As for me, I think the problem is words.

05 May, 2007 11:27  
Blogger nominally challenged said...

And wouldn't that be a political/social problem rather than a theological one?

Perhaps. It is a social amd political problem if your society and politics are based on it, and a theological problem if your theology is based on it. In my view anyway.

As for me, I think the problem is words.

That goes without saying :)

05 May, 2007 12:34  
Anonymous Anonymous said...

Dear, Dear NomChal,
point duly taken:)
you got me, i have been acused of sitting on the fence previously (that's what an undergrad degree in soc-cult anthropology does to one;)
although, technically agnostic means a person who believes that the existence of god is not provable. i suppose what i mean when i call myself that is that i cannot prove that god does NOT exist. i don't know about other agnostics (or anyone really) but i doubt i will ever feel i know anything! i comfort myself with the thought that the pursuit of knowledge is really where it's at. even if we assume that god is just a creation of the human mind we cannot say we possess the 'truth' about religion. i mean, how can we, we dont' quite understand our own brains. not yet anyway.
oh, i don't know. i need to think about this some more.
and i never meant to 'humble' you! on the contrary, the topic humbles me to no end.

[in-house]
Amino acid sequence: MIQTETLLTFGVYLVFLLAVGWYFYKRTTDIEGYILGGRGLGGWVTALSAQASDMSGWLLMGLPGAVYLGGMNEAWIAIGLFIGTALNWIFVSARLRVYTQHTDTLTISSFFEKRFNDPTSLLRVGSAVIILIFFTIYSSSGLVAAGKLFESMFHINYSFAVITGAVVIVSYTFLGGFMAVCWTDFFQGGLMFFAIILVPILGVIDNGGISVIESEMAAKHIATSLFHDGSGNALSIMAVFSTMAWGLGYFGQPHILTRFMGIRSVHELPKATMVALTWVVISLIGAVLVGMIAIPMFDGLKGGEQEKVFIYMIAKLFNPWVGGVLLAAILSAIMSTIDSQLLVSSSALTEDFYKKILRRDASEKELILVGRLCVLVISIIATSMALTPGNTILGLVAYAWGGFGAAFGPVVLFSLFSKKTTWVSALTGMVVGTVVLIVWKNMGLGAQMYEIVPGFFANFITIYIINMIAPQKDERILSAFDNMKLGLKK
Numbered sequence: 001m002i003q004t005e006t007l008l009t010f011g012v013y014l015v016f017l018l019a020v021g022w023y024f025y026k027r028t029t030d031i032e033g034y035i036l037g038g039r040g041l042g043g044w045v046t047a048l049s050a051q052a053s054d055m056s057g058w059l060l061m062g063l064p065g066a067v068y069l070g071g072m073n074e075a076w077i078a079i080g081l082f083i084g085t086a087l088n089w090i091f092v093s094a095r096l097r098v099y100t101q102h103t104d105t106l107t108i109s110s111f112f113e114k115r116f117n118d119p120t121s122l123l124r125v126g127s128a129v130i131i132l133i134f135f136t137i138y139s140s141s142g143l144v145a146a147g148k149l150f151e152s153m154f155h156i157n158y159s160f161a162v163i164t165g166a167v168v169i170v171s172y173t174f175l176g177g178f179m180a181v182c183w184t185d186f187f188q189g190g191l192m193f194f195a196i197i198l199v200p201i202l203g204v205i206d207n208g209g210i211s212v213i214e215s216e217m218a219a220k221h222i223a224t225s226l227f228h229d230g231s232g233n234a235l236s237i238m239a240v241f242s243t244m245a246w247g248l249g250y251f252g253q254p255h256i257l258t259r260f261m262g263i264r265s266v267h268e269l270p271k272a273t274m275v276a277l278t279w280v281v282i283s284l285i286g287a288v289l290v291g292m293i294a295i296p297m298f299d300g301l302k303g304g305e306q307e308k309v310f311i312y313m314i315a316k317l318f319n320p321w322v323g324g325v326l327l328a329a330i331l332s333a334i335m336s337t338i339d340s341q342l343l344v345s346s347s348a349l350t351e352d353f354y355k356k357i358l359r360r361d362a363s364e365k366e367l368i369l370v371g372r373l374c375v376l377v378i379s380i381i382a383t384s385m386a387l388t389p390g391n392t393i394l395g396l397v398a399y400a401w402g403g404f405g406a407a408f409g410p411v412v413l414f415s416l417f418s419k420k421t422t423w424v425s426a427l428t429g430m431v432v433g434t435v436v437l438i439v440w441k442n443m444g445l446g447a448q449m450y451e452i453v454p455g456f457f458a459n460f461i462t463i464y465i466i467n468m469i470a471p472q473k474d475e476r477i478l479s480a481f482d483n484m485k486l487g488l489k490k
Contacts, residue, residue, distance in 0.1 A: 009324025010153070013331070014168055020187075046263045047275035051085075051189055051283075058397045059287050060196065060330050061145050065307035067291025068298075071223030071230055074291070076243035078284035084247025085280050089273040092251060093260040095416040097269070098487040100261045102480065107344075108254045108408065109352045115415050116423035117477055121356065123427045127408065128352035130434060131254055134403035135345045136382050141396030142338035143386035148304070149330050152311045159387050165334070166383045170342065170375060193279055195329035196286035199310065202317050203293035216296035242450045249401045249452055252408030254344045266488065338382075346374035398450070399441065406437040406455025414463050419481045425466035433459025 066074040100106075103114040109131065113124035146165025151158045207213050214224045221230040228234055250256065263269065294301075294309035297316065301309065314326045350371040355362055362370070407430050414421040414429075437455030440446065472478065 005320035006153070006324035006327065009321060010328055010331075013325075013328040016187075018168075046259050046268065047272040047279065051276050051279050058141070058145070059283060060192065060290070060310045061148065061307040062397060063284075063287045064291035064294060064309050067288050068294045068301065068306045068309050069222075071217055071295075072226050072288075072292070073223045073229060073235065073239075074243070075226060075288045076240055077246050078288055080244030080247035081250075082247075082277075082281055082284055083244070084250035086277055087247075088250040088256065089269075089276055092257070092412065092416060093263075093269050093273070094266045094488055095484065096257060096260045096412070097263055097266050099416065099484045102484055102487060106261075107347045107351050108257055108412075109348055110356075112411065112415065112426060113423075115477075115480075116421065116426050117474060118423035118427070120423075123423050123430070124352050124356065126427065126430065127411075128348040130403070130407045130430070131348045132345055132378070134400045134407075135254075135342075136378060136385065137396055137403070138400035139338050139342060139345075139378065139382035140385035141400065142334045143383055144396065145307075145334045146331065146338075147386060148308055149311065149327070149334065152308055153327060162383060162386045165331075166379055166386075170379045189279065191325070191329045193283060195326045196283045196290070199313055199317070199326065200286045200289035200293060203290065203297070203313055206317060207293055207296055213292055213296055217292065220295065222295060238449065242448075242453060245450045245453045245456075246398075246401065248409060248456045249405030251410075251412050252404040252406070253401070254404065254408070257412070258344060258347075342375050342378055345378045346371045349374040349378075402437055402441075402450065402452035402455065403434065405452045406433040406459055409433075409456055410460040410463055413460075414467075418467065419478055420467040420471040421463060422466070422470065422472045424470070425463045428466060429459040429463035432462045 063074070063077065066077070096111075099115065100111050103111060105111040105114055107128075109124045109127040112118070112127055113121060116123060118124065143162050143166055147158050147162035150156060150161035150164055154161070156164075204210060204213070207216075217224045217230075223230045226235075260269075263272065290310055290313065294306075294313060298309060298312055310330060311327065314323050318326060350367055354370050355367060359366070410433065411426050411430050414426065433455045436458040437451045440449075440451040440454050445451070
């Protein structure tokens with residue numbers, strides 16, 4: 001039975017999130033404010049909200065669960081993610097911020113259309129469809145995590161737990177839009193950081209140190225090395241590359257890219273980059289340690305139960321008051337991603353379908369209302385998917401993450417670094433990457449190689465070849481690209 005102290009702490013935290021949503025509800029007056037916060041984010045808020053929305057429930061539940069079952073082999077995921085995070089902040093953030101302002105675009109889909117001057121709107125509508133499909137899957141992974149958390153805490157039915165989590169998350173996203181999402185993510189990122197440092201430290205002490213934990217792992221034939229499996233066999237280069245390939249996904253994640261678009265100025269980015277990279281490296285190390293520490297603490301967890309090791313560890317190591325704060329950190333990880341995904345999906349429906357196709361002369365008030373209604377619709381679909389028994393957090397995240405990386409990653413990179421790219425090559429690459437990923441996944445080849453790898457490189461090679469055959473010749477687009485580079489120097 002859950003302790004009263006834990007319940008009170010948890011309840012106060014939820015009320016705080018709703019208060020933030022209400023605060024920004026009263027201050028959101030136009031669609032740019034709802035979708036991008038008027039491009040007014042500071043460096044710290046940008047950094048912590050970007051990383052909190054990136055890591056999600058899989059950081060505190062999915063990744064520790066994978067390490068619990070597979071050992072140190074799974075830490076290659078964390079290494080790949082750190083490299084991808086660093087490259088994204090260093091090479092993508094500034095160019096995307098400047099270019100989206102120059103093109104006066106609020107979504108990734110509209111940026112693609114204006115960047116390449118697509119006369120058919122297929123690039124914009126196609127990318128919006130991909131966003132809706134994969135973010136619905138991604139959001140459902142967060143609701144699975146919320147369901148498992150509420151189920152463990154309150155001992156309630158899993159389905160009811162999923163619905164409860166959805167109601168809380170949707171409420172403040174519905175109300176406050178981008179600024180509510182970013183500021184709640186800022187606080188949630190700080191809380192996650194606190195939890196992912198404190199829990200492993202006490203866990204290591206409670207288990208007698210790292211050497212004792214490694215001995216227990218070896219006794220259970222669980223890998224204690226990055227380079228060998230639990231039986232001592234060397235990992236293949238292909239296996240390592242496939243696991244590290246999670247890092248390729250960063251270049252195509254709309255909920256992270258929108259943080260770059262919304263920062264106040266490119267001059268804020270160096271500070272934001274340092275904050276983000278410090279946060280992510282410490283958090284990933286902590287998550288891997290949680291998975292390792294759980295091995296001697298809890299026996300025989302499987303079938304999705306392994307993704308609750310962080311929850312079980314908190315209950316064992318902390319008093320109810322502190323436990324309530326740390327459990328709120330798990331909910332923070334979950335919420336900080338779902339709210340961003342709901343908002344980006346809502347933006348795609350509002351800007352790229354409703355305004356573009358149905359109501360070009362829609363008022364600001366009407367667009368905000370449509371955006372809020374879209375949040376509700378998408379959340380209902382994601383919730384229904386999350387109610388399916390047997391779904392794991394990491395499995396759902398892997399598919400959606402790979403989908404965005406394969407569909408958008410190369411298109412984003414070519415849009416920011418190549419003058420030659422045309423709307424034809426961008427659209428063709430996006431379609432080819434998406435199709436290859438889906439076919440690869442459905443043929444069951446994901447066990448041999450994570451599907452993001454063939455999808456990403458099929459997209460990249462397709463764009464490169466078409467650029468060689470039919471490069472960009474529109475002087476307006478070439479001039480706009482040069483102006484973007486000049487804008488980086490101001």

thanks for the discussion!
cheers from Canada,
K. of the illustrated freier

05 May, 2007 23:23  
Anonymous Andrey said...

What about LagBaOmer, doesn't it deserve a story?

06 May, 2007 18:27  
Blogger nominally challenged said...

Illustrious K - I see what you mean. I'm not sure whether a non-believer (or even a questioner) has to "prove that god does NOT exist" as you say. The believer, as we know, does not have to prove that god does exist - she takes it as a matter of faith. For the non-believer, then, I think it is a matter of, um, "non-faith". But I don't think that that need necessarily be connected to gnosis or agnosis. I guess what I'm trying to say, perhaps perjoratively (and maybe I need to review my own position in this regard) is that agnosticism, relying as it does on agnosis, implies the opposite of a search for knowledge. In my view, atheism can be gnostic (grounded in at least a search for knowledge - rather than being necessarily grounded in actual knowledge) or pistic (in which case, in my view, it differs little from any other pistic religion, and is usually as proscriptive in its non-belief, as many religions are in their beliefs).

Agnosticism, by definition (according to my view at least), cannot be gnostic.

Again, the search for the 'truth', as it were, does not seem to me, as a non-believer, to be all that important. I'm not sure that such a concept can even exist, in an absolute abstract form. The search for knowledge, however, (elusive as knowledge is) is, in my view, a worthwhile pursuit.

Andrey - Hey :) I thought about a post for Lag BaOmer and I decided that it's simply going to have to be a footnote (or similar) to the Shavuot story, which I'm being urged on pain of considerable pain, to write. So, pyromaniacs everywhere are simply going to have to wait.

07 May, 2007 01:53  
Anonymous jennifer said...

Just finding out that Bill Dever became a reform Jew had me snorting coffee up my nose this morning. Last week I found out that the teen-aged boy I did reconstruction work with at Beer Sheva 25 years ago is now head of the new museum at Masada. Hoo boy, I certainly have been out of the archaeological loop!

09 May, 2007 23:30